Cough medicine may not be the first thing you think of when thinking of addictive substances, however, one can become dangerously addicted to it. In America, cough medicine has been frequently abused, particularly those medicines that contain codeine. It is common to see teens and young adults who are underage abuse and become addicted to cough medicine given its relative accessibility and low price point compared to more illicit drugs and hard alcohol.
Can You Get Addicted to Cough Medicine?
Some cough medicines contain an opioid drug called codeine. Codeine is highly addictive and can become extremely dangerous if used incorrectly. It is considered to be safe in small, highly controlled doses. This addictive opioid can be used as a mild painkiller and when in cough medicine, works as a cough suppressant.
Codeine is a mild narcotic drug and is targeted by those looking for a narcotic high. Due to the rise of narcotic addictions and the misuse of cough medicines and other over the counter drugs, codeine based cough medicines are highly regulated by the FDA (Federal Food and Drug Administration). Typically, in the US you need a prescription to obtain cough medicine with codeine. Some cough medicines have pulled codeine out of the formula entirely.
Another common drug in cough medicines that you can become addicted to is dextromethorphan, or DXM, which is also a cough suppressant. It’s used in place of codeine and is available over the counter. However it is still known to be intoxicating and dangerous when used incorrectly. Its intoxicating qualities make it highly addictive. You can also find promethazine, a sedative drug, in cough medicines.
What are Cough Medicine-Based Substances?
The misuse of cough medicines grew in popularity and notoriety in the 90s, largely due to the rise of hip-hop culture and the rap music industry. Many songs and artists glorified the use of addictive cough medicine-based drinks. When cough medicine is mixed with alcohol or soft drinks it is commonly referred to as lean, purple drank, syrup or sizzurp. The term lean is derived from the need to lean up against something due to its effect on physical coordination, whereas purple drank was coined due to the purple color of codeine based cough medicines.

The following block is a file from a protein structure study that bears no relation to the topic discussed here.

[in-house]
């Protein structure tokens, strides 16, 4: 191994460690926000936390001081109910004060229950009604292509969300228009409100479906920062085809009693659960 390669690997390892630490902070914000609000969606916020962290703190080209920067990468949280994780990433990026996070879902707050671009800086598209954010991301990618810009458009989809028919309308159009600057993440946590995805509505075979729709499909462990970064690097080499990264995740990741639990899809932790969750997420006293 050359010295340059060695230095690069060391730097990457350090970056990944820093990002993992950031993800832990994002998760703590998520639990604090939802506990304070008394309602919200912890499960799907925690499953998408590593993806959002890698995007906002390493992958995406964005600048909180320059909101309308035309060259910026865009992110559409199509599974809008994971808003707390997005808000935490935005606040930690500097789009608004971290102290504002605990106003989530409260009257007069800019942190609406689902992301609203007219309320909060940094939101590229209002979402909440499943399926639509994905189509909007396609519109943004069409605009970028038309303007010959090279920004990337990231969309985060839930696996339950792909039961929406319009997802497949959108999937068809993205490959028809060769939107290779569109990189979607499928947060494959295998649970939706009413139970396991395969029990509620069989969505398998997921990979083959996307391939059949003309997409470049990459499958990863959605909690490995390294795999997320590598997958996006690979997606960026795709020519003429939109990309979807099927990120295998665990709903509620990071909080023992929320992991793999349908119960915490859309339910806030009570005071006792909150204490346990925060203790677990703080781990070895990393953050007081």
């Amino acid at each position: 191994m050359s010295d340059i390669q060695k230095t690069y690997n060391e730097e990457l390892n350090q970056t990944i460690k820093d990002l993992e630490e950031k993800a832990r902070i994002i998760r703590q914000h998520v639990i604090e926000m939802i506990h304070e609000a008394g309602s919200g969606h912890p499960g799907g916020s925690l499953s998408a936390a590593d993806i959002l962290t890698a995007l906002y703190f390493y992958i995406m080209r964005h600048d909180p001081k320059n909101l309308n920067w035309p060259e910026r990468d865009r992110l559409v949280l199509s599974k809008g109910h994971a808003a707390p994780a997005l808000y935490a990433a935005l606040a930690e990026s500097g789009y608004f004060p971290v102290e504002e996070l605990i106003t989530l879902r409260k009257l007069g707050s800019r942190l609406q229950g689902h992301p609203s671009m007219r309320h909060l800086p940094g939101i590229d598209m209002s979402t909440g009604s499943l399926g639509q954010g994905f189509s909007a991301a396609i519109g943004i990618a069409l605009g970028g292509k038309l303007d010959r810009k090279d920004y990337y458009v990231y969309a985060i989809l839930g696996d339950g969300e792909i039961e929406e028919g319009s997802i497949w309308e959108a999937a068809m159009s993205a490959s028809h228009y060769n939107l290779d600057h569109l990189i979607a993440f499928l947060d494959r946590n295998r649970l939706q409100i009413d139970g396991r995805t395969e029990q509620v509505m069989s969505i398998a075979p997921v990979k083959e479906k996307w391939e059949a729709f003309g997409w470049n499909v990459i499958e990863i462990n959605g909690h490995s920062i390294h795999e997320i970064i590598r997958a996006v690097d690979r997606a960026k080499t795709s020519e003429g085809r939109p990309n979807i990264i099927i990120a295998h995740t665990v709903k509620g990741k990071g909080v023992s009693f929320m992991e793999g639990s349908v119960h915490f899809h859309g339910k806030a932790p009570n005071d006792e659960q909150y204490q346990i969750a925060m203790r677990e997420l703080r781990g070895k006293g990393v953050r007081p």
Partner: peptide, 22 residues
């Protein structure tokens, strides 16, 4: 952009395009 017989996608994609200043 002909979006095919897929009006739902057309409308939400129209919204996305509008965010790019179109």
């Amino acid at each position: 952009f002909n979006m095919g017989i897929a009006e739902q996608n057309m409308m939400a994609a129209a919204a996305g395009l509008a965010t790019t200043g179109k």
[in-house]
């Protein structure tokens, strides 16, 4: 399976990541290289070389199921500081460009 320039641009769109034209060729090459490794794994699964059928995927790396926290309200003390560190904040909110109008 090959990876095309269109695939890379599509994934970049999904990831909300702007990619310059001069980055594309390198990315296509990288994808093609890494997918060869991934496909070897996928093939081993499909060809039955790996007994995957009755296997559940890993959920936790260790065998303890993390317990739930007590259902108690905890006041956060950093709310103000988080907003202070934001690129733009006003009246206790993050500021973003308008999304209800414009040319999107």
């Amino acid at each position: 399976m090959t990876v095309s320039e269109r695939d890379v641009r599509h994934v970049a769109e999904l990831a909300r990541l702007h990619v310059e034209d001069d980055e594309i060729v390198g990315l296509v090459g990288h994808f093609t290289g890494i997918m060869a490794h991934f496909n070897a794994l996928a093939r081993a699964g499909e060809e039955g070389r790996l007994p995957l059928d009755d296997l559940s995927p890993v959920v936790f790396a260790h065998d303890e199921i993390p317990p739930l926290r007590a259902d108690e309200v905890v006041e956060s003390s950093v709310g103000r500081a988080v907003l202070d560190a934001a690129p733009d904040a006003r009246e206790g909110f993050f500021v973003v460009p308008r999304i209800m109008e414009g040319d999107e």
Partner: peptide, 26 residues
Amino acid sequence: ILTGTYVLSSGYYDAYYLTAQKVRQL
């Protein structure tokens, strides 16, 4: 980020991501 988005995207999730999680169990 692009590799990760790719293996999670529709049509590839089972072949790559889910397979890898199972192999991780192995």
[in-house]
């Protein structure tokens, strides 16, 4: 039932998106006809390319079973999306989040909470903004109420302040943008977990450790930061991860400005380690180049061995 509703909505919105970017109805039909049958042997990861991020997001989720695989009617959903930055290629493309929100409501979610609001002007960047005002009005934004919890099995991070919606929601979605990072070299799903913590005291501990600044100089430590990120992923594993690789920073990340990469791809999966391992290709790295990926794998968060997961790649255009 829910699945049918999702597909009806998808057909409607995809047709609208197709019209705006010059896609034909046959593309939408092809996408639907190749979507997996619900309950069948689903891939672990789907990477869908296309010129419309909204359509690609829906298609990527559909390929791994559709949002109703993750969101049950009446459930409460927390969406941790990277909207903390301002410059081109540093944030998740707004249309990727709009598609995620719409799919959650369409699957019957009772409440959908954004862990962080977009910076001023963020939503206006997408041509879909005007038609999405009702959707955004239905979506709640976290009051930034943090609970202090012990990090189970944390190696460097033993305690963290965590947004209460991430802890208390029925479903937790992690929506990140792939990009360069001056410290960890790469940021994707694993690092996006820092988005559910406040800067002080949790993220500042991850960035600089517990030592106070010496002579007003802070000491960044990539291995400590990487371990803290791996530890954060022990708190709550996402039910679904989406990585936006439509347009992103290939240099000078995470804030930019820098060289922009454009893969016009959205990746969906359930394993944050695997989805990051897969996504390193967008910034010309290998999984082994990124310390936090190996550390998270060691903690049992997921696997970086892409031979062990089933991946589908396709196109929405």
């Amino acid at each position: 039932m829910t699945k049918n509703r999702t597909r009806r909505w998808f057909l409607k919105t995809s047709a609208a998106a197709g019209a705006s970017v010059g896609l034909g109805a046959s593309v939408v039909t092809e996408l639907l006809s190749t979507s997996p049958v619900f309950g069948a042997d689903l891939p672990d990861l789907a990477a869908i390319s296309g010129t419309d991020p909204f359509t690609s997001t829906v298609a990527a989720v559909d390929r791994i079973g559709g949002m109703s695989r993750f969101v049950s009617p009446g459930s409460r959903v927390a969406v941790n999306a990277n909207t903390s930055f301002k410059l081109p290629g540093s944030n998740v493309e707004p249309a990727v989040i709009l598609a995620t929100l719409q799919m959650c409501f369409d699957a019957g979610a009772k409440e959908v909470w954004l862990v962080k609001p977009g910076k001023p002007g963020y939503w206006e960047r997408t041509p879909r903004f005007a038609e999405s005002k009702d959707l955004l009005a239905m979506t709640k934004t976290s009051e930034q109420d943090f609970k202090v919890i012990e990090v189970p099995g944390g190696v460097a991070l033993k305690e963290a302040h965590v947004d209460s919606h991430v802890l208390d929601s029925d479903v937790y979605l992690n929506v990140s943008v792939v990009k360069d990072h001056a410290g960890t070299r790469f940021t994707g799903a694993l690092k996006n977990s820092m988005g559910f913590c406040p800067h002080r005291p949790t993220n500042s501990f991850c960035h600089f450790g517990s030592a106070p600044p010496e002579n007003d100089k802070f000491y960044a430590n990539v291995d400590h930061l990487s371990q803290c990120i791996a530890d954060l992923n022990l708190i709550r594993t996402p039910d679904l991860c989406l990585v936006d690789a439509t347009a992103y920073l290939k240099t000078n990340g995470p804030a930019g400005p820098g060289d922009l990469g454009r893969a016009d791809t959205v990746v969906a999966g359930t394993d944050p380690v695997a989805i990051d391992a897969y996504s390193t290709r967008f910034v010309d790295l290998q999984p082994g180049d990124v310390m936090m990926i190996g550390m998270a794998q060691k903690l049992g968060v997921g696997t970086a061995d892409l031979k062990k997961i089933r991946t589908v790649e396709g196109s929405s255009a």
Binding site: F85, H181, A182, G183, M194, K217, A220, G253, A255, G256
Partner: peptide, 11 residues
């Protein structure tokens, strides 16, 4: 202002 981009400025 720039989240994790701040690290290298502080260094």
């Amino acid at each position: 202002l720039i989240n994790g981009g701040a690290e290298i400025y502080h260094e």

Due to the cultural popularization of these extremely dangerous mixed drinks & meth labs using cough medications, the FDA has moved codeine to a schedule III drug, meaning it requires a prescription to access it. Currently prescriptions and any sale of these cough medicines are closely monitored by state & federal authorities.
Is Cough Medicine Addiction Common?
In 2014, the DEA (Drug Enforcement Administration) issued a study that estimated 1 in 10 teens have abused cough medicine (specifically codeine based cough medicine) as a manner of experiencing a high. The Substance Abuse and Mental Health Administration (SAMHSA) estimated in a 2008 study that three million young adults and teens between the ages of 12 and 25 had misused codeine in some form & DXM based over the counter drugs.
According to the SAMHSA study, misuse varied based on demographic. Female teens (12-17 years old) were more likely to misuse non-prescription drugs than males in the same age group. Interestingly as this group ages, the likelihood reverses. Males 18-25 were more likely to misuse these drugs than their female counterparts. Across all age groups in the study, white people were up to three times more likely to misuse these drugs than other people of color.
The misuse of cough medicine is frequently seen in hip-hop culture and many celebrities have become addicted to cough medicine. They have unfortunately experienced the dangers of mixing substances and some have had to be hospitalized.
Is Abusing Cough Medicine Dangerous?
As with any type of abuse, there are major dangers to the misuse of the over the counter and prescription drugs. Codeine and DXM can be extremely damaging to the central nervous system and cause lifelong damage, including some of the following affects:
- Blurred vision
- Calm/sedated feelings
- Loss of memory
- Difficulty with motor functions
- Extreme abdominal pain
- Irregular heartbeat
- Dissociation with reality and relationships
- Addiction, withdrawal, and cravings
- In some serious cases, seizures can occur
Codeine is a dissociative drug, meaning the mind can feel separated from the body, leading it to be extremely physically dangerous as it can lead to injury as well as creating a highly addictive sensation. An addiction to cough medicine can be life threatening.
Is an Overdose Possible?
Overdosing on cough medicine is unfortunately very common and alarmingly easy to do. Codeine based cough medicines are especially dangerous for overdosing. Codeine, a narcotic, is by nature a depressant, meaning it slows breathing and can dangerously withhold oxygen from circulating in the body.
Another danger lies in mixing alcohol and cough medicines, like many do with lean or purple drank. The opioid and alcohol enhance the effects of one another, making it dangerously addictive and damaging to the body.
Addiction Treatment in Denver, Colorado
Becoming addicted to cough medicine is a serious problem and needs to be treated as such. If you or a loved one is exhibiting symptoms of cough medicine addiction, contact our treatment center for a full evaluation and to find the care you need to live a life of recovery.